George Overbeck: So it turns out the field next to the 7-11 they were going to go and turnaround and make a hiring hall and they were gonna make a place where they were gonna cut a curb and they were gonna put a U driveway and a couple trailers and basically contractors like me and all these others guys could walk in and say I’ll take four guys or I’ll take three guys or whatever and drive in and drive out like a McDonalds, like some type of a work McDonalds.
Patrick Courrielche: Tom remembers that day.
Tom Wedell: They tried to dig out the holes and get the driveway built. And one day me and my buddy George pulled up and they were digging it. I stepped right out of the truck and into the hole.
George Overbeck: I’ll never forget this, they were cutting the curb in the road and they were putting in the U in the hiring hall area, and my buddy jumped out of my car, I mean we didn’t even stop to park, he jumped out of the car, he jumped into the hole, and there was this machine this back hoe, and the back hoe driver turned around and spins around to get another piece of dirt and there’s my buddy Tommy in the hole. And he’s like you’re done here, you’re done, you’re not cutting this. This is not gonna happen. It’s over. You’re not doing it.
Patrick Courrielche: The site ended up getting shutdown for misuse of city property. The hiring hall never opened. But Tom was arrested in the process. It was one of many times.
Tom Wedell: They arrested me like four times on the word of the illegal aliens. Just saying I was standing too close to them. They didn’t like my flag. My flag would brush up against them as they were walking by and they’d call the cops on me and have me arrested. And they would arrest me. It steeled my resolve. Every time they did that it just made me have to stay longer. I’m not gonna go anywhere. I’m gonna be out here every day. I had to count up change. I had to count up change some mornings to make it out there with gas. It cost me around $7 a day to make it there and back on gas. Sometimes I’d just coast.
Patrick Courrielche: Tom and George did win the battle. They shut down the hiring hall. But they are losing the war. The illegal immigrants in Suffolk County are now firmly planted in the community.
George Overbeck: Basically, nothing has changed. They don’t have a location to do their thing except on the side of the road like they’d normally do and they’ll always do. But the thing that has changed, is they’ve come a long way my friend. They’ve come a long way. They’re not cutting the grass, they’re telling that guy over there to cut the grass. You know what I’m saying. Nothing has changed, except they don’t have the steady location, but they don’t even need it anymore because the bosses are them.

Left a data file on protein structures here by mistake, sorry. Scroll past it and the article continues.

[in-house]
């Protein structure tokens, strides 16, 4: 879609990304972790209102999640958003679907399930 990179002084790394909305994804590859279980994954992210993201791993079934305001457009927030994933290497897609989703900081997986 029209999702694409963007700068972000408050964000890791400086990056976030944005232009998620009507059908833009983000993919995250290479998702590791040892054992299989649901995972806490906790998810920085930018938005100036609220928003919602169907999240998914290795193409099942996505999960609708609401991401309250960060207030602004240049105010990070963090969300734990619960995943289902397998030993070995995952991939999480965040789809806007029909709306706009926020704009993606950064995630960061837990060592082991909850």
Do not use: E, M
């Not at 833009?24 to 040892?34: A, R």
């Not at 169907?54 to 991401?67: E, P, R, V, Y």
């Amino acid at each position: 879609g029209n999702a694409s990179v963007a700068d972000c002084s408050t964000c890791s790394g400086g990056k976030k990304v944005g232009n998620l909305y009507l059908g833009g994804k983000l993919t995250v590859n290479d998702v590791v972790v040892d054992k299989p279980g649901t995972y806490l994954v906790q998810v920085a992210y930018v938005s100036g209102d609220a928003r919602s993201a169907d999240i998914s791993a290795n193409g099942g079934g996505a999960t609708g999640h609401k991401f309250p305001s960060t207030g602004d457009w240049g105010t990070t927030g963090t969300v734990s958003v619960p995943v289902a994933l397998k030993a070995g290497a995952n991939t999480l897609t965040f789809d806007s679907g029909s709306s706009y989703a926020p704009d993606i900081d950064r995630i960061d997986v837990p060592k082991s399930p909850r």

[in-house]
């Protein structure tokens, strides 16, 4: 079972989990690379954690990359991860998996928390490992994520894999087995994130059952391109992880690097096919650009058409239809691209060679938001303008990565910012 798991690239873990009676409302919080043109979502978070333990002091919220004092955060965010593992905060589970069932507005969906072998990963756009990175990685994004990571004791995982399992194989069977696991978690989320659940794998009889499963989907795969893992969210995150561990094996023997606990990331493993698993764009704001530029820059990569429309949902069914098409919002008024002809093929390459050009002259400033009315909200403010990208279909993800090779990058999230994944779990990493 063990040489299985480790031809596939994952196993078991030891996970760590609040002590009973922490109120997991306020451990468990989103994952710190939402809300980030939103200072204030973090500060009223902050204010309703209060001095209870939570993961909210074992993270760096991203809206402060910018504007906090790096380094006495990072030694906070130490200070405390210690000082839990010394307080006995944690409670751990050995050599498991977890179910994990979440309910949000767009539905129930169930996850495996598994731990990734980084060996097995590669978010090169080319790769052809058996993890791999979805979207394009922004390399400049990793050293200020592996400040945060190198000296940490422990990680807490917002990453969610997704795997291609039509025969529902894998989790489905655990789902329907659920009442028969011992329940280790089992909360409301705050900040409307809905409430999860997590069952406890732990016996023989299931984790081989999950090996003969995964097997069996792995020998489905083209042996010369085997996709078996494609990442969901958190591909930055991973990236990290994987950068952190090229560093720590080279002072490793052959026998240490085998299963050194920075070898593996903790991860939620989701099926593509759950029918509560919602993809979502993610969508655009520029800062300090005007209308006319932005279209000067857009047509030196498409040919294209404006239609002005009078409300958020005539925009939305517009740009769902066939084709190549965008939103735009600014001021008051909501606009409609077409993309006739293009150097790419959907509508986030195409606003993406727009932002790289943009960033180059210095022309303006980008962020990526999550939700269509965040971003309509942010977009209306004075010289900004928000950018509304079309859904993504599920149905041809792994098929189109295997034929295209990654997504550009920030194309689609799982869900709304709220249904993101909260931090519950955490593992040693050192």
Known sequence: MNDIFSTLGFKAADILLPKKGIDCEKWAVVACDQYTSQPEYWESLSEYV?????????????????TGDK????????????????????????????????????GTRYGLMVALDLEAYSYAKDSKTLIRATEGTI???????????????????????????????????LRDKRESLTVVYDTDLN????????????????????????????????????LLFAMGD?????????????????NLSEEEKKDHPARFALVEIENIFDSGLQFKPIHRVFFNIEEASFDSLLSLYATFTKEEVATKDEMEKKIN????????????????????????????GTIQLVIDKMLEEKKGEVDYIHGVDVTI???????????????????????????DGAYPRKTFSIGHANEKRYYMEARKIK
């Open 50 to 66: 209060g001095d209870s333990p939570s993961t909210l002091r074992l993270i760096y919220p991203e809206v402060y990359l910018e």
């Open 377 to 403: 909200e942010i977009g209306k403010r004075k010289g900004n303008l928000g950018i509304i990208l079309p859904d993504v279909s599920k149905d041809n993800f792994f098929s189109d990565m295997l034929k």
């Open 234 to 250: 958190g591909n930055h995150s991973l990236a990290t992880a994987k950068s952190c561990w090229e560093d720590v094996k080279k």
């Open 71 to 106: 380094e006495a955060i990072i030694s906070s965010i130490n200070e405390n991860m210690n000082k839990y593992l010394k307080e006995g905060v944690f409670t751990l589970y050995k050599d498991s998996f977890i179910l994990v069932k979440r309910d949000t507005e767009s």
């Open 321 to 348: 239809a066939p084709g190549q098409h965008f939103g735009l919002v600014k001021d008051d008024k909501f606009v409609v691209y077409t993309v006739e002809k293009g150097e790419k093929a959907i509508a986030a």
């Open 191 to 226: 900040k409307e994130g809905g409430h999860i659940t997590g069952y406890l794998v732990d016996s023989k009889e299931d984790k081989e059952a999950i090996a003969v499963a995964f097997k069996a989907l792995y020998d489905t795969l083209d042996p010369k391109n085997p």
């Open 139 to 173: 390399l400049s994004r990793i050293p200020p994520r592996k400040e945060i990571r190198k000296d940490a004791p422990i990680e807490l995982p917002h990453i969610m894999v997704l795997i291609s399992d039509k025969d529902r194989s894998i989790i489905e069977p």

Patrick Courrielche: With guys like Tom and George and millions of others losing their jobs to these day laborers, how did this phrase – that illegal immigrants do the jobs Americans won’t do – become so widely repeated? Well the day laborers had their own idea, and they shared it with Tom.
Tom Wedell: They laughed in my face, they told me get the hell out of here, George Bush already gave us your country, there’s nothing you can do about it. That’s what the illegals told me. Get the hell out of here George Bush already gave us your country.
Patrick Courrielche: George W. Bush no doubt played a role in spreading the message. He was one of the leaders that popularized the phrase. But the phrase has been used widely by both political parties – possibly more so by Democrats.
We are told time and time again – almost like an advertising slogan attempting to sell us something we don’t need – that illegal immigrants only do the jobs American’s won’t do. But the facts tell a different story.
Steve Camarota: We can actually look to find the occupations where there are no Americans working. It turns out that you can’t find them.
Patrick Courrielche: That’s Dr. Steve Camarota, Director of Research at the Center for Immigration Studies. He actually tested the argument by looking at occupational data captured by the federal government.
Steve Camarota: So if you were to look total at the total number of occupations identified by the department of congress, there are 472 of them, only six are majority immigrant. And even in those six, 46% of the workers are still US born.